- 2 mins
Night Terrors in Kids – Reasons Why and Ways to Overcome Them
Most children experience some nightmares during their childhood. Many children also experience night terrors, a sleep disturbance that can be even more upsetting for both the child and the parents. It is important to understand the difference between night terrors and nightmares so that you can better help your child if they experience either one.
A nightmare is a type of dream that can cause fear, terror, or anxiety. Nightmares usually occur during the later stages of sleep (REM sleep), which is when most dreams occur. Many children have nightmares about monsters, ghosts, witches, or other scary creatures. Some children have nightmares about things that have happened to them during the day, such as a bad fall or a fight with a friend. Most nightmares are a normal part of childhood and are not a cause for concern. In rare cases, nightmares may signify a more serious problem, such as post-traumatic stress disorder (PTSD).
Night terrors, which typically occur in children between 3 and 8 years old, are often more intense than nightmares and can be more upsetting. Unlike nightmares, night terrors usually happen in the early stages of sleep (non-REM sleep), often within the first two hours. A child may suddenly sit up in bed and scream or cry out. They may be sweating and breathing fast, and have a fast heart rate. They may look awake, but they are in fact still asleep, so it may be difficult to calm them down. Night terrors can last from a few minutes to up to 45 minutes. After a night terror, a child usually returns to deep sleep and does not remember what happened, whereas with nightmares most children remember the details of their dream.
Most nightmares are the result of stress or anxiety and can be caused by a wide range of worries or upsetting experiences. Night terrors are often caused by sleep deprivation or a change in sleep schedule.
If your child has a nightmare, you can comfort them and help them calm down. You can also try to help them understand that it was just a dream and that they are safe. If your child has a night terror, you should not try to wake them up. This can make the night terror worse. You should try to stay calm, speak quietly, and comfort them until the night terror is over. Most nightmares and night terrors are a normal part of development and no treatment is needed for them. However, you should talk to your doctor if your child has nightmares or night terrors frequently, as they can signify a more serious problem, such as sleep apnea, sleep disorders, or PTSD.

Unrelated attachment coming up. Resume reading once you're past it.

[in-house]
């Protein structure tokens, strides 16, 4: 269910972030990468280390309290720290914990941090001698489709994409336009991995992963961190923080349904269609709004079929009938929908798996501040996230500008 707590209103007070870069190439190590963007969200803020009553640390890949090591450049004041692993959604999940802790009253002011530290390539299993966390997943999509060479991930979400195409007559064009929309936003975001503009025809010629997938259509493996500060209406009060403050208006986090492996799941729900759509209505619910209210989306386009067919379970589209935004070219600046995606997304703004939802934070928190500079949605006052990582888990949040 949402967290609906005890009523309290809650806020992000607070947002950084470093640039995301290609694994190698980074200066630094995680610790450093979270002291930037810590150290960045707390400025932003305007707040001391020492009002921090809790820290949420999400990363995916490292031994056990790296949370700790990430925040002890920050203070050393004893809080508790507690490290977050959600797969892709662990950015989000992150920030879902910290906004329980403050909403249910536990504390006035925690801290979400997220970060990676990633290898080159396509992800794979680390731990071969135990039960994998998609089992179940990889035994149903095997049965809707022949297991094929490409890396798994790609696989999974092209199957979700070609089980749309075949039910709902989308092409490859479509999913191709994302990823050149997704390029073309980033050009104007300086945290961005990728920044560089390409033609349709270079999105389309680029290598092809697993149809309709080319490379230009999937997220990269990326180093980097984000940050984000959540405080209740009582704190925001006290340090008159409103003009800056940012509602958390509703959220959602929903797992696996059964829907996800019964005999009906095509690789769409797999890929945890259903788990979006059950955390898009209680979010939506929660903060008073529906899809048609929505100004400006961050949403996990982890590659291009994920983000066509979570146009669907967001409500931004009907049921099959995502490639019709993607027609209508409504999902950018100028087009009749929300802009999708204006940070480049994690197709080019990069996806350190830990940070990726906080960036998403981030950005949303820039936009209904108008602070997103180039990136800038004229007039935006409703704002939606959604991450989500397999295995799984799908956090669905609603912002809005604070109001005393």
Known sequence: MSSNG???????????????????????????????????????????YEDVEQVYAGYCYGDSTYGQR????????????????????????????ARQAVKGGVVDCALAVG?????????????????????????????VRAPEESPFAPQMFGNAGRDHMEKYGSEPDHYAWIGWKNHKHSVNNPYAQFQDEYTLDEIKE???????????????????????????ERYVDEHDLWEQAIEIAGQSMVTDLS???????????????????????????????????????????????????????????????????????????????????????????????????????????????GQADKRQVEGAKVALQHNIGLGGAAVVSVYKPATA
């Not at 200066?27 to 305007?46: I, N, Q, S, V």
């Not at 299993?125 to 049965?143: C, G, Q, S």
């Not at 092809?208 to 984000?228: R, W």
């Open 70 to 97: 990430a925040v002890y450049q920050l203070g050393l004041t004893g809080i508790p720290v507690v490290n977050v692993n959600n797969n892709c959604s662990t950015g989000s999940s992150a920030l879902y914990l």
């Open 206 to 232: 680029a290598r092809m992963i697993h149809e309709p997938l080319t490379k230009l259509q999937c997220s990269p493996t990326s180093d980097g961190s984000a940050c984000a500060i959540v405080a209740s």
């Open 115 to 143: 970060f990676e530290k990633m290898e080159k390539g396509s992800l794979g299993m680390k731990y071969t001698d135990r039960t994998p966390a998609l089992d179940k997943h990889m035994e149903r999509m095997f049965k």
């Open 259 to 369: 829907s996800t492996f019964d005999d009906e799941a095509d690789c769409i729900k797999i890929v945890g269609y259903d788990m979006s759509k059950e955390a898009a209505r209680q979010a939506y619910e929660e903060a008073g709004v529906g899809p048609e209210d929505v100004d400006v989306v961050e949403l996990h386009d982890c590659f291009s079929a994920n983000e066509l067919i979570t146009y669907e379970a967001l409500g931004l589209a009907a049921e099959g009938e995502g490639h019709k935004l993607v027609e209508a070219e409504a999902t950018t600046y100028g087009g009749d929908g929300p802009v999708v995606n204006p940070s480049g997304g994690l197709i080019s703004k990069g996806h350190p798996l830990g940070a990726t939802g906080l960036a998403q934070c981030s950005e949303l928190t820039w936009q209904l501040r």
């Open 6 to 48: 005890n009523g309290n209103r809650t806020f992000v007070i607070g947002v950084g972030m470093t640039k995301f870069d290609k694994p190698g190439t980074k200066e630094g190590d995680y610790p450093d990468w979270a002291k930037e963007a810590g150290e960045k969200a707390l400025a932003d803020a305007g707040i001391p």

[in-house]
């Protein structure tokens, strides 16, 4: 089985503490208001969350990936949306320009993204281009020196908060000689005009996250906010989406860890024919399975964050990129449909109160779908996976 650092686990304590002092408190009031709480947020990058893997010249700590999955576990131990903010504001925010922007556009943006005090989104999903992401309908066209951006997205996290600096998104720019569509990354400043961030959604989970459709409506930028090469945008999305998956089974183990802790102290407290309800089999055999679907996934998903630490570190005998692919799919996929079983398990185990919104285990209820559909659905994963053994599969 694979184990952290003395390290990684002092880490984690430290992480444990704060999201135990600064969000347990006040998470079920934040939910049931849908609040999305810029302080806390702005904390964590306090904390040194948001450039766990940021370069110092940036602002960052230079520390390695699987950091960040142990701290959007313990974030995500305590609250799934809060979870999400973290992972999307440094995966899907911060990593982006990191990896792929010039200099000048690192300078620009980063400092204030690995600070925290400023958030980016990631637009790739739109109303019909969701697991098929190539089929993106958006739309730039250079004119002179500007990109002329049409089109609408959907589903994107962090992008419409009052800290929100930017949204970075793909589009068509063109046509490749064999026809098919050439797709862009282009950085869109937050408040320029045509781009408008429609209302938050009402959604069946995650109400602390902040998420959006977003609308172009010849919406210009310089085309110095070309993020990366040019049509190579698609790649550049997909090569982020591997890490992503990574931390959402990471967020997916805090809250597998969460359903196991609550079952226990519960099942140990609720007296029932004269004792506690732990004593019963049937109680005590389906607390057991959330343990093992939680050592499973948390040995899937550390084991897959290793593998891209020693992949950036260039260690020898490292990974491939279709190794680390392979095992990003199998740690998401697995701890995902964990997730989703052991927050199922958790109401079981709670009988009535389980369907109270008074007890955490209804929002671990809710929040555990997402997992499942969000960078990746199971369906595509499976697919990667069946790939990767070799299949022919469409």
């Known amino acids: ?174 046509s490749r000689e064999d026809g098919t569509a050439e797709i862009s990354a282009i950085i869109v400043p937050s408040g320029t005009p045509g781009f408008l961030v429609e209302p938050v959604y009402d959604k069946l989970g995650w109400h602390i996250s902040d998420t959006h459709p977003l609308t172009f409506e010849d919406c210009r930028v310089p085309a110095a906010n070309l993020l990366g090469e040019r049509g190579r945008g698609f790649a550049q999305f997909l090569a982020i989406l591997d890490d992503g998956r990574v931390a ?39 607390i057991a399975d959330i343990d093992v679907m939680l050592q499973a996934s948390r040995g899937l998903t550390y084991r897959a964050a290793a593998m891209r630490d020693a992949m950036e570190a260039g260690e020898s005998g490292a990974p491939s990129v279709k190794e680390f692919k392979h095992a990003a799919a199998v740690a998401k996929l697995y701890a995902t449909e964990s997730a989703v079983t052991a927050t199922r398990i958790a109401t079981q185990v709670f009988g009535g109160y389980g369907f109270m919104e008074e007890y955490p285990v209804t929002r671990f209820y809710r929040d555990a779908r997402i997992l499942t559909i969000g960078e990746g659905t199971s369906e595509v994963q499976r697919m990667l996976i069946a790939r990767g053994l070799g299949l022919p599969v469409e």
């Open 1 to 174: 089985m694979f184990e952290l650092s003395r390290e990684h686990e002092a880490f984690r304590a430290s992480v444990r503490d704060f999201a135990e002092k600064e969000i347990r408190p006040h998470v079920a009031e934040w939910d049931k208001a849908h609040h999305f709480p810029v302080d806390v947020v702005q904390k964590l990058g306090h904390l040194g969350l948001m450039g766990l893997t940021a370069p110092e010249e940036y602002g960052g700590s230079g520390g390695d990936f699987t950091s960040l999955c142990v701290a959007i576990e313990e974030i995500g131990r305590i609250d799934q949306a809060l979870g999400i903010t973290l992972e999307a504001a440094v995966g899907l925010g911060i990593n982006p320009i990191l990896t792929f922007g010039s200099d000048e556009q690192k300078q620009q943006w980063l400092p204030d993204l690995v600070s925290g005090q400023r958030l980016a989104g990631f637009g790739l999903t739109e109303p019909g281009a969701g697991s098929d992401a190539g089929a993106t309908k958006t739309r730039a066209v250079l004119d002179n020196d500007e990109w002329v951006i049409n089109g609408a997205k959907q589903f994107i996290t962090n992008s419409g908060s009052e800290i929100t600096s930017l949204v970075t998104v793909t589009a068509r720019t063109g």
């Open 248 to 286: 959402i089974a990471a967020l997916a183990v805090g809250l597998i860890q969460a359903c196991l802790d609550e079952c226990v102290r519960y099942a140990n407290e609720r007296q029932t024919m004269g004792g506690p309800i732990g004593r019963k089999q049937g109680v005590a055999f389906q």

According to Leung et al. (2020), most children will stop experiencing night terrors by late adolescence, which is a relief. However, it’s a good idea to keep track of the frequency and severity of both night terrors and nightmares. Parents can also focus on pre-sleep routines that are calming and consistent. We use Moshi’s sleep stories and meditations every night to help my partner’s children calm down before bedtime. Click here to get access to Goldie and the Tree of Mindfulness.
It is always a good idea to follow your parental instincts. If you feel your child is experiencing night terrors or nightmares and you are concerned, speak with your pediatrician. They could recommend a sleep specialist who can help implement strategies that could help your child. Another important reminder is not to blame yourself—these are common experiences for children. The mere fact that you are reading these types of articles is indicative that you are an actively present caregiver. Take it easy on yourself too.
Leung, A. K. C., Leung, A. A. M., Wong, A. H. C., & Hon, K. L. (2020). Sleep terrors: An updated review. Current Pediatric Reviews, 16(3), 176–182.